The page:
In an industry ruling issued June 5, the Alcohol and Tobacco Tax and Trade Bureau (TTB) announced that malt beverages made with certain ingredients, including honey and certain fruits and spices, would no longer be subject to formula approval requirements. Additionally, the ruling exempts beer aged in barrels previously used in the production of wine or distilled spirits from the need to get a formula approval. Under the TTB regulations, ingredients and processes used in the production of malt beverages must be deemed “traditional” in order to be exempt from formula and certain labeling requirements. Until the ruling was issued, TTB had a very limited view of what met the requirements for “traditional” malt beverage production.
The ruling stems from a years long battle with the Brewer’s Association, which petitioned back in 2006 and 2007 to exempt certain ingredients and processes from rigorous approval requirements in light of growing experimentation and trends in the beer industry. The petition identified the most popular ingredients and processes, and urged the TTB to broaden their definition of “traditional” brewing methods. Initially, the TTB gave a limited response and exempted beers with added brown sugar, candy sugar or lactose from approval and special labeling requirements. With the new ruling, the options for adding ingredients to standard beers and other malt beverages without needing to go through the formula approval process are greatly expanded. Additionally, there is an opportunity for brewers to request exemption from formula requirements even if their ingredients are not already on the approved list. A full list of the approved ingredients and processes can be viewed here.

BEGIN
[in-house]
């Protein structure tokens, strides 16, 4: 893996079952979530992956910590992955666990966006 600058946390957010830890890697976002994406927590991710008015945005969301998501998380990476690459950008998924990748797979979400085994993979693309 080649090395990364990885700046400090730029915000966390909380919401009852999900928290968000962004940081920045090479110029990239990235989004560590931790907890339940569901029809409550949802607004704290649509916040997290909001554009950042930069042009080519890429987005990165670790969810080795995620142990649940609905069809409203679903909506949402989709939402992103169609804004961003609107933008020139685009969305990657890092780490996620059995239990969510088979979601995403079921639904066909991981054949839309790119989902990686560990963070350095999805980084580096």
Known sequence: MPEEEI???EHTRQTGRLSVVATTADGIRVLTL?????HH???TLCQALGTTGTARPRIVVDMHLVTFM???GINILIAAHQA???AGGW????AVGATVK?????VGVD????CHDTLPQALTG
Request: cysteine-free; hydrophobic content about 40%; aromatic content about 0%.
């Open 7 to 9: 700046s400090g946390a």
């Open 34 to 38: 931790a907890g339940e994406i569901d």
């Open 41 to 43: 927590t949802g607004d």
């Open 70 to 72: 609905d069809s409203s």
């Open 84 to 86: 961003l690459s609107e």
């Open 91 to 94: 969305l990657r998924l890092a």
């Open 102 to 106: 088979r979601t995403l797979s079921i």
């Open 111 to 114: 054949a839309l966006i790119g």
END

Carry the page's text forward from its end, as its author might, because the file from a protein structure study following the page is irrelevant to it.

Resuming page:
Before the ruling, if flavors were added before, during, or after the fermentation process, that had to be included on the label. Now, the requirement for flavors is that the statement be truthful and in accordance with trade understanding. So for example, a brewer cannot say “ale brewed with cherries” if the cherries were added after the brewing process. To be clear, a statement must still appear on the label to show the addition of any non-standard beer ingredient; the ruling now simply allows for more relaxed processing and avoids the need for formula approval.
The TTB’s expanded ruling of “traditional” brewing ingredients and methods bodes well for brewers and importers looking to get a quick(er) approval for their products and will help speed up all formula approvals due to the reduced TTB workload. Currently approved formulas and labels will not be affected by the ruling.
For questions about brewing requirements, contact one of the attorneys at Strike Kerr & Johns.
Alcohol.law Digest is published for general informational purposes only and is not intended as legal advice. Copyright © 2014 · All Rights Reserved ·
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